In eastern Dumfries and Galloway the construction of tower houses was actively discouraged in the years following the defeat at Flodden in 1513. This was to prevent antagonising the English and also to reduce lawlessness, a recurrent problem in the border area. This discouragement continued until the passing of the 1535 Act requiring that every man who owned land valued at £100 or more build a defensive enclosure, known as a barmkin, within which was to be a tower if required. RCAHMS have identified around 118 tower houses and/or places of strength using the 1590 map of the Debatable Lands and additional examples where there is archaeological or architectural evidence. Perhaps unsurprisingly, riverside locations are favoured. Of those tower houses in the area where the location is definitively identified, only six examples have evidence of additional structures other than the tower itself.
The monument is located close to the precipitous ravine of the French Burn. It stands at around 150m above sea level and is set in a gently S-sloping landscape. There is slightly higher ground to the west, east and north and more open views to the south. The comparatively low-lying nature of the site, and the lack of obvious associated features such as a barmkin, indicates that defence may not have been a primary function. It is possible that the tower was therefore built as a requirement of the 1535 Act but its builders did not anticipate the need for defence. Later modification ensured it became even more residential in function, acting more as a manor house reflecting status than a place of refuge.
There is no evidence of an earlier structure on this site but a number of potentially contemporary monuments are found in the immediate area. Some 915m to the WNW is the motte-and-bailey castle known as Auldton Mote; 330m north of the tower are the remains of a fermtoun where earthwork evidence for at least eight buildings has been recorded. A sunken track heads south from the site towards the tower, but cannot be traced beyond the modern field boundary around 210m north of the tower. To the NNW at a distance of around 660m is a moated site, noted in the 1857 Ordnance Survey Name Book as 'Walls' with claims of an association with the Knights Templar, although this has not been substantiated. RCAHMS consider this settlement to be a medieval farmstead, most probably built by the French family, but there are similarities with some monastic grange sites in the courtyard layout. The exact nature of any relationship between such monuments and their placing in the landscape is not presently understood. Further work contrasting and comparing the monuments and analysis of results against similar datasets in Scotland has the potential to further our understanding of the later medieval landscape: what it looked like, how it was controlled and how it was used to reflect status and accumulate wealth.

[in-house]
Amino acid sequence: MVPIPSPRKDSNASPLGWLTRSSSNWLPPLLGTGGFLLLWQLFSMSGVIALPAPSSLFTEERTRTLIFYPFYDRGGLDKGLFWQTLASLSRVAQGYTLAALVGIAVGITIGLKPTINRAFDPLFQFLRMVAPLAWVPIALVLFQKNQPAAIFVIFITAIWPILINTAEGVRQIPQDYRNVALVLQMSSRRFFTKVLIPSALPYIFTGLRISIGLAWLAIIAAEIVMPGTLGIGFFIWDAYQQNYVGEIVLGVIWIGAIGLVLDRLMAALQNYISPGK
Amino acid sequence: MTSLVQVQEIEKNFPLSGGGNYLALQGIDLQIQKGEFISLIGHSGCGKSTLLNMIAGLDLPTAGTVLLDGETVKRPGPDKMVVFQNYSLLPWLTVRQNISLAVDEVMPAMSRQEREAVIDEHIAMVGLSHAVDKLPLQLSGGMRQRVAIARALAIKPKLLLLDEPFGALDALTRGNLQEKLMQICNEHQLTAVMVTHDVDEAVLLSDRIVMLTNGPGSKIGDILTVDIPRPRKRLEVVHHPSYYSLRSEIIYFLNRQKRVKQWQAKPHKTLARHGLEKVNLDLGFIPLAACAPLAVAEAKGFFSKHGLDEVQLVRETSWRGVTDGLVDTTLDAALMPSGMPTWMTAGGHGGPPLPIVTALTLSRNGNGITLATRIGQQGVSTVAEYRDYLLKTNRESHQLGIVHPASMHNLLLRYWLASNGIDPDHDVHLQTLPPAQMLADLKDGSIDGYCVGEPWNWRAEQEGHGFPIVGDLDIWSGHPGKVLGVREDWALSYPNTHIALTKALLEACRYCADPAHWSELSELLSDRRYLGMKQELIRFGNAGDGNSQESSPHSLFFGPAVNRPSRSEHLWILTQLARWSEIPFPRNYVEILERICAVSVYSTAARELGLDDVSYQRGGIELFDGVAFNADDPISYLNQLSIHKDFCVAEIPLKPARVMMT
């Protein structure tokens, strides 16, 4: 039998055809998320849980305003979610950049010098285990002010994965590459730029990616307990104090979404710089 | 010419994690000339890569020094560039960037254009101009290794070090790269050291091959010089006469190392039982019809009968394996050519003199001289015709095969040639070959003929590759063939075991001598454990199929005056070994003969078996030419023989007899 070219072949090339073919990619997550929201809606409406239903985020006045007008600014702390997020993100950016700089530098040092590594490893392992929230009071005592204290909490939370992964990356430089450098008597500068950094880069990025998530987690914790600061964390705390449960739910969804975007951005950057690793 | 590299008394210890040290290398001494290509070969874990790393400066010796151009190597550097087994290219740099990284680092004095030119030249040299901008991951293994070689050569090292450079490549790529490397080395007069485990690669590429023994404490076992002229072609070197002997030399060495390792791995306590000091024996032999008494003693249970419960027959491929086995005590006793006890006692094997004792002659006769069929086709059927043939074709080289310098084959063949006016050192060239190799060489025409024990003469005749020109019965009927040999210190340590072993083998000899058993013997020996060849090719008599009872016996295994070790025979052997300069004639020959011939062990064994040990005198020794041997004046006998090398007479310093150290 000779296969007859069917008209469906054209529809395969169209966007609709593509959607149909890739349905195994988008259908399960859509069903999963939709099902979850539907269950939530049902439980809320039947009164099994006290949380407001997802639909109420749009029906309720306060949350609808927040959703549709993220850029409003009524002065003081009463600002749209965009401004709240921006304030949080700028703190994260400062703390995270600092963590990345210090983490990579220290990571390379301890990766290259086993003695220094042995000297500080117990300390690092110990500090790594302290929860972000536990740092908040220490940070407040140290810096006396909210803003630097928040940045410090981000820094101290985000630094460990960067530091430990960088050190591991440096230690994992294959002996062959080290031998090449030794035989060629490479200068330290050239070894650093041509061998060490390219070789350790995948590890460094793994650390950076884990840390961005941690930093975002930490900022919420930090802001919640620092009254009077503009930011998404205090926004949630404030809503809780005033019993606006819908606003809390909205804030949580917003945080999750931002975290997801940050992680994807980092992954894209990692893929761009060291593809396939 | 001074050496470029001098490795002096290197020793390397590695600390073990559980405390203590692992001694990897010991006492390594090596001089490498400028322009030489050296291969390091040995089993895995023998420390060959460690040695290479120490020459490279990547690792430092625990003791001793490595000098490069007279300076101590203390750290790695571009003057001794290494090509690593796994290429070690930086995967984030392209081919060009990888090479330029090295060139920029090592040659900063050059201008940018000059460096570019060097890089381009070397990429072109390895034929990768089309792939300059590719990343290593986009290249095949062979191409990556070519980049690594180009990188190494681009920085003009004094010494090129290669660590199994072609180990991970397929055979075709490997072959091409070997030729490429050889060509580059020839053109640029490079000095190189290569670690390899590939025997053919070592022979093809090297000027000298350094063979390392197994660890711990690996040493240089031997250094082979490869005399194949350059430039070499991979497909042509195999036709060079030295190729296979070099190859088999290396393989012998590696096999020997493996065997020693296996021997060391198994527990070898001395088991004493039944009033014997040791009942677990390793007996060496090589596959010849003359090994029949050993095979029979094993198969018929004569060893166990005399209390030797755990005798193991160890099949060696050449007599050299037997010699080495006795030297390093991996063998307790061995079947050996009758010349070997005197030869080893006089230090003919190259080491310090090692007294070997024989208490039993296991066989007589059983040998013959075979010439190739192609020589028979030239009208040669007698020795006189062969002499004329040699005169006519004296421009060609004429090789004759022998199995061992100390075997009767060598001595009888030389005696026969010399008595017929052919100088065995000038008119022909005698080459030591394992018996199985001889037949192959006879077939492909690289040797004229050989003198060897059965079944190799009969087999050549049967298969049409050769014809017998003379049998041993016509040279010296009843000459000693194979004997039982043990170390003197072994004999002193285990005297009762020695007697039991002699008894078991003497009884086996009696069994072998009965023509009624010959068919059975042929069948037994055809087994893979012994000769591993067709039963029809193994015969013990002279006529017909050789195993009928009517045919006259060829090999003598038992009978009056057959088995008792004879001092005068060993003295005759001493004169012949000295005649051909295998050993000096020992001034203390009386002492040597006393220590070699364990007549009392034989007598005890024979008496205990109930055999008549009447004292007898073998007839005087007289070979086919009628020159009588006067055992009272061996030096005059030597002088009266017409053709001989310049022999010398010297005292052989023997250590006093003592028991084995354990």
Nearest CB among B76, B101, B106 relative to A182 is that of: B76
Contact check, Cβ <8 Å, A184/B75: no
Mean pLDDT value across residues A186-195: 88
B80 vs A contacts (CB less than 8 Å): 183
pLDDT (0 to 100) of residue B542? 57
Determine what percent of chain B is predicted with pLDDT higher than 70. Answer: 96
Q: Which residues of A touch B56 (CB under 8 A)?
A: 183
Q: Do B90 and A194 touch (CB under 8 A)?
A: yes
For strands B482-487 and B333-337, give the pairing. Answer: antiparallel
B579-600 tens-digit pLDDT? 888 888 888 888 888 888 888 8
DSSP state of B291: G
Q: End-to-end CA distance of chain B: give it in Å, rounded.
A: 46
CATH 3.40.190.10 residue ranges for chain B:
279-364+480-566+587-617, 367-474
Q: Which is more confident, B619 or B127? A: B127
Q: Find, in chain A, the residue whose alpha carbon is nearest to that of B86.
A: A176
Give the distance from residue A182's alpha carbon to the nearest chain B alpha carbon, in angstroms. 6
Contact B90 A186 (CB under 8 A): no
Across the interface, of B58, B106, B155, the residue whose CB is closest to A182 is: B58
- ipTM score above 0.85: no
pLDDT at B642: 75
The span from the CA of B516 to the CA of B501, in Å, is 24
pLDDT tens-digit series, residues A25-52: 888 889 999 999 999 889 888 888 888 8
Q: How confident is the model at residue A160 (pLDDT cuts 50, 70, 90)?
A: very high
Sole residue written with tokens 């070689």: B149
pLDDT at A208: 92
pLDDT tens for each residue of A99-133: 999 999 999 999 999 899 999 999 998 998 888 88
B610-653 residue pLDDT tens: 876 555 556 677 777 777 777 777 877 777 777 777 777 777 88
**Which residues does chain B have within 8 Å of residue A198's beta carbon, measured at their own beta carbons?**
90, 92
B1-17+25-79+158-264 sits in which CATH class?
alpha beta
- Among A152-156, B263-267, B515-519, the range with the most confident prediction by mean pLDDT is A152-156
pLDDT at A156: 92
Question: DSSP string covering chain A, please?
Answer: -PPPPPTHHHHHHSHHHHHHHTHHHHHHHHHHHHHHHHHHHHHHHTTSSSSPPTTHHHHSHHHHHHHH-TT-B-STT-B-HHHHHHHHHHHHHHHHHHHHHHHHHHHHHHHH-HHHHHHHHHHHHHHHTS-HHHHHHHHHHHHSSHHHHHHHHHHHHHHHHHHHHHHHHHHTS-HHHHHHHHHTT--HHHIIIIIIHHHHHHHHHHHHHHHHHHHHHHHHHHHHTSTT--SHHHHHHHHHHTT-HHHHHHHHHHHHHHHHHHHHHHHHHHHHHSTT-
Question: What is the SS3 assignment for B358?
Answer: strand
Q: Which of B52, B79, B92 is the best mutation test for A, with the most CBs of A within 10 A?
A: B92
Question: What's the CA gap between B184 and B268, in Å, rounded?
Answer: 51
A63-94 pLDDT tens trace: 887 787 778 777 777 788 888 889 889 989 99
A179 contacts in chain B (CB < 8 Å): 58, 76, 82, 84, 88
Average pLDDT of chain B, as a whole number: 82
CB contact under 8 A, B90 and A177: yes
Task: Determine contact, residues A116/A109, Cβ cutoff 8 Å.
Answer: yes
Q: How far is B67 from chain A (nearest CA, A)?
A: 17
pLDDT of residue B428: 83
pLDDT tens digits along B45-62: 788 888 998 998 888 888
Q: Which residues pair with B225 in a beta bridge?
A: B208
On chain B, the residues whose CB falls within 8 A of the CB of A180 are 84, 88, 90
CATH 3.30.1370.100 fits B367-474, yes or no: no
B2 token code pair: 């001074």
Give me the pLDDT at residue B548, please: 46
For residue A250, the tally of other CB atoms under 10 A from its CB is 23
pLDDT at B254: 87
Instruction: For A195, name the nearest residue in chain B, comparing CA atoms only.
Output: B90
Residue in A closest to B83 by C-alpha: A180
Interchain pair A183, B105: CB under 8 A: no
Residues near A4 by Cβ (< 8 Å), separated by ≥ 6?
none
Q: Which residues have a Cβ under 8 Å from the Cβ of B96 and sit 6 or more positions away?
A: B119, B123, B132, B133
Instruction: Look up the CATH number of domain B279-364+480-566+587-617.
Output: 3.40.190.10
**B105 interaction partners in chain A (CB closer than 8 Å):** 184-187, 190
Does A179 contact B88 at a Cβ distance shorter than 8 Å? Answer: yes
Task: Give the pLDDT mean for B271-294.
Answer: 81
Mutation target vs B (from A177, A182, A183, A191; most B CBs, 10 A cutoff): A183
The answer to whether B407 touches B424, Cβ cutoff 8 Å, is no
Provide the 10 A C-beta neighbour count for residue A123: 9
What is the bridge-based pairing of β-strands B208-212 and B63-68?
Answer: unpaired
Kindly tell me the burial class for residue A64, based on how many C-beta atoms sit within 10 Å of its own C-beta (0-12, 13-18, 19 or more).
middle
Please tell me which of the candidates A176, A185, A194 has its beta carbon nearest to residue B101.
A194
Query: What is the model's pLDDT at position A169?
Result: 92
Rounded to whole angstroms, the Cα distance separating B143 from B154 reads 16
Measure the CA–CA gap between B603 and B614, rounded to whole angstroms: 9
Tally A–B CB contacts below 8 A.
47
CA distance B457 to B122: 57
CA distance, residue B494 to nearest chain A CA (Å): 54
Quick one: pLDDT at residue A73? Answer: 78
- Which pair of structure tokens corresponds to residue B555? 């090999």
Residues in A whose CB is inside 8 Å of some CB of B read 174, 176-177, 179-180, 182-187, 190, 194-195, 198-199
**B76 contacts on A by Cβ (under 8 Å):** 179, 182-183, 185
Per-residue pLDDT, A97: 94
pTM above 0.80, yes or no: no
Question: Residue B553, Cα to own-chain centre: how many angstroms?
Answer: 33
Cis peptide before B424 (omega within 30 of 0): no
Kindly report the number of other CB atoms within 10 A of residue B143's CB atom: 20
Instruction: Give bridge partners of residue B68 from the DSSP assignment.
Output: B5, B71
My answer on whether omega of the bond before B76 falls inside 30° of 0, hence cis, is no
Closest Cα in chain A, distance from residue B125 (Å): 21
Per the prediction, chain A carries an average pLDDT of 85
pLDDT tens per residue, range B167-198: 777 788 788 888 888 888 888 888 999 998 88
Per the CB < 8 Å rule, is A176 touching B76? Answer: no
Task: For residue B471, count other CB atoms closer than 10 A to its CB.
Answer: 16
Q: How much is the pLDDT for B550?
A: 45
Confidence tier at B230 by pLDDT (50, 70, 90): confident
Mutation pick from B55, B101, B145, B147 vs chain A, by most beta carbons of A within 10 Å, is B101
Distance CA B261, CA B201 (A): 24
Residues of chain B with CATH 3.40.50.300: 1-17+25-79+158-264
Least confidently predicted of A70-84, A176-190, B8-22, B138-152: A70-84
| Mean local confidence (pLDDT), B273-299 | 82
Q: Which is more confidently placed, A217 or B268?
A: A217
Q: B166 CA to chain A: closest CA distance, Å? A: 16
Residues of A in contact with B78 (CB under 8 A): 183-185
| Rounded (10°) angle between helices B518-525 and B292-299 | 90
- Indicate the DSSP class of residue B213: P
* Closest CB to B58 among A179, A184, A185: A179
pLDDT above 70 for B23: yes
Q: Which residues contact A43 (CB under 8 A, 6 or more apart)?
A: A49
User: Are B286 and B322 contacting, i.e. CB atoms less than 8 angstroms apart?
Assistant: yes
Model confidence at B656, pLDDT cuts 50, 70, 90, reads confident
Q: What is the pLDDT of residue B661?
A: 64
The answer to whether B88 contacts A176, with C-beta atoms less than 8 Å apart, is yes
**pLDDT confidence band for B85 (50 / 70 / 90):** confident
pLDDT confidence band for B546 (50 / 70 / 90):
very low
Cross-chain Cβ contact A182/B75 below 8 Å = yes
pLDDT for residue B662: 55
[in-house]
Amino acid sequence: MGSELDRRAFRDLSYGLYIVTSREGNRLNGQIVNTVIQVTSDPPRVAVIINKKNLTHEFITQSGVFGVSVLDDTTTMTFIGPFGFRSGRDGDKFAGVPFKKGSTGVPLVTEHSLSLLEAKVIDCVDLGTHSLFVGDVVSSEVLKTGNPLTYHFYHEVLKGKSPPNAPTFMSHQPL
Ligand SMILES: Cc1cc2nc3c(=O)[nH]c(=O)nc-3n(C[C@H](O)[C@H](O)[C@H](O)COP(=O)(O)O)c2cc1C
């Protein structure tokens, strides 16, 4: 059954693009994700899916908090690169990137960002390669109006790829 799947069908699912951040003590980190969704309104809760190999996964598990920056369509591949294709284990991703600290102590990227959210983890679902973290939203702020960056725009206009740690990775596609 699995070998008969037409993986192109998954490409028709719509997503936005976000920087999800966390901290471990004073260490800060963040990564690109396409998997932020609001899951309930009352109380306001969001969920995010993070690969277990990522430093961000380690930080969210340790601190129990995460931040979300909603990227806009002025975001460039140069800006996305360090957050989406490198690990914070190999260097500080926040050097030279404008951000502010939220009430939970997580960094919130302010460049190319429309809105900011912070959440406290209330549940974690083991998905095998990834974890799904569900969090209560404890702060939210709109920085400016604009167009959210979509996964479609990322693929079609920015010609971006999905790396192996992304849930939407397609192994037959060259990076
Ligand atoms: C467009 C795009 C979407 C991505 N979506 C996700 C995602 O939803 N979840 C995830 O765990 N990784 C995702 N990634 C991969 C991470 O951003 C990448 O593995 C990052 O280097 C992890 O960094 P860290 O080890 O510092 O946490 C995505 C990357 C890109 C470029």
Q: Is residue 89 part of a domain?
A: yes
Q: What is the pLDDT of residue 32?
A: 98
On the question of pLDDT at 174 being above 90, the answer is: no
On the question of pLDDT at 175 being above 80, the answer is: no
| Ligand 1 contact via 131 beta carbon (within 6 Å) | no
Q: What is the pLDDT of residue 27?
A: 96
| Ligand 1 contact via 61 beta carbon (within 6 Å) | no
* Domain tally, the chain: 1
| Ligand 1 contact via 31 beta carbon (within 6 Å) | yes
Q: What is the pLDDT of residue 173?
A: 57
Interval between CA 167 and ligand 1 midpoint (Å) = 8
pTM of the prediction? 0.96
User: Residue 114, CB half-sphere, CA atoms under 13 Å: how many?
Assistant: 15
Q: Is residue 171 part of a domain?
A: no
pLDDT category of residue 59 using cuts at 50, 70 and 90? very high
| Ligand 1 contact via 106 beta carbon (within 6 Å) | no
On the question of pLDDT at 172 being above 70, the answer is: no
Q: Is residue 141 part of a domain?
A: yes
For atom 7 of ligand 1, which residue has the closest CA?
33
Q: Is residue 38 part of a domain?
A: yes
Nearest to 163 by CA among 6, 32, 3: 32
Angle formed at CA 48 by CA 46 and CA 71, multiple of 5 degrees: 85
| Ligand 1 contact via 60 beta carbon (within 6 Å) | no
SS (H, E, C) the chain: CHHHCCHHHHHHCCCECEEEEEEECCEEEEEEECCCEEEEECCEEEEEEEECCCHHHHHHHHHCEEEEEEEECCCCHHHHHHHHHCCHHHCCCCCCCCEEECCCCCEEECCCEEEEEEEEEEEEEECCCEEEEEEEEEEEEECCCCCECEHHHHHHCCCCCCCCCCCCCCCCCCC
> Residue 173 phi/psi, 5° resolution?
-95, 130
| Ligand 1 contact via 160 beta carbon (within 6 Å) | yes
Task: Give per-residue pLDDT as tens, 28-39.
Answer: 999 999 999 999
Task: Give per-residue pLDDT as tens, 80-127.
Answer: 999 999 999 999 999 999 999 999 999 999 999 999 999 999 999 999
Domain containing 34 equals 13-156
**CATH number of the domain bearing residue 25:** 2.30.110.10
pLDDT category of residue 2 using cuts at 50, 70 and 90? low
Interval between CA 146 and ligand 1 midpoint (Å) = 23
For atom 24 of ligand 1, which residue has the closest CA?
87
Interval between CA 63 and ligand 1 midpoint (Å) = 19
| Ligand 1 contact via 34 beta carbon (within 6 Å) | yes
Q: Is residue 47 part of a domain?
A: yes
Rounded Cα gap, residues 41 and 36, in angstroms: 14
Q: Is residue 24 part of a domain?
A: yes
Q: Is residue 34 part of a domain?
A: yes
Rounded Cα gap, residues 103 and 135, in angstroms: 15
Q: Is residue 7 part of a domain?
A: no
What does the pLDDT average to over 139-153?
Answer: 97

The French family held lands in the area of Moffat in the 13th century. Roger, son of William French is recorded in around 1250 as exchanging lands with Robert de Brus for lands in Moffat formerly held by the family. It is thought that this land equates to the modern farm of Frenchland. Continuous tenancy or ownership is not certain but the French family built the three-storey tower, with a simple rectangular floor-plan in the early 17th century. Documents record that in 1610 the estate was the property of a Robert French, who added a turret on the W side in the early 17th century.
Roy's Military Survey of Scotland 1747-55 depicts two buildings within a rectilinear enclosure on the E side of the burn (the wrong side) and the map may therefore be more schematic than factual. The tower appears on the Ordnance Survey First Edition, published in 1863, as 'Frenchland Tower (Ruins of)' and a bench mark is depicted on the outer face of the N wall.
The monument is of national importance because it has an inherent potential to contribute to our understanding of the past, in particular later medieval domestic fortified dwellings, their architecture, construction, maintenance, the patterns of their development and final abandonment and their relationship with the land surrounding them. The monument survives as an upstanding example of a domestic defended home, built, lived in and re-modelled by a family who expressed their wealth in building size, style and adornment. The monument reflects a specific and individually modified type of tower house and retains much of the stonemasonry and construction work that exemplified a very skilled architect-stonemason. It represents a centrepiece for local rural development and smallholding starting in the late 16th century. There is good potential for the preservation of archaeological deposits capable of enhancing our knowledge of the date of the tower's construction, occupation and subsequent abandonment. Analysis of environmental and artefactual information contained within the monument has the potential to add to our knowledge of the inhabitants of the monument, their daily lives and activities and the environment in which they lived. Such evidence has the potential inform us about wider society at the time, how people lived, where they came from and who they had contact with. The loss of the monument would impede our ability to understand the construction, its placing in the landscape and the social structure and economy of the time.
Source: Historic Environment Scotland
The monument is currently situated within pasture.
RCAHMS records the monument as Frenchland Tower, tower house, NT10NW 4. Dumfries and Galloway Council SMR records the site as MDG4587. Copies of these reports are appended.
RCAHMS, 1997. Eastern Dumfriesshire: An Archaeological Landscape, 208, 215-16, fig 232, 233, 312 no. 1281. Edinburgh: Royal Commission on the Ancient and Historical Monuments of Scotland.
Source: Historic Environment Scotland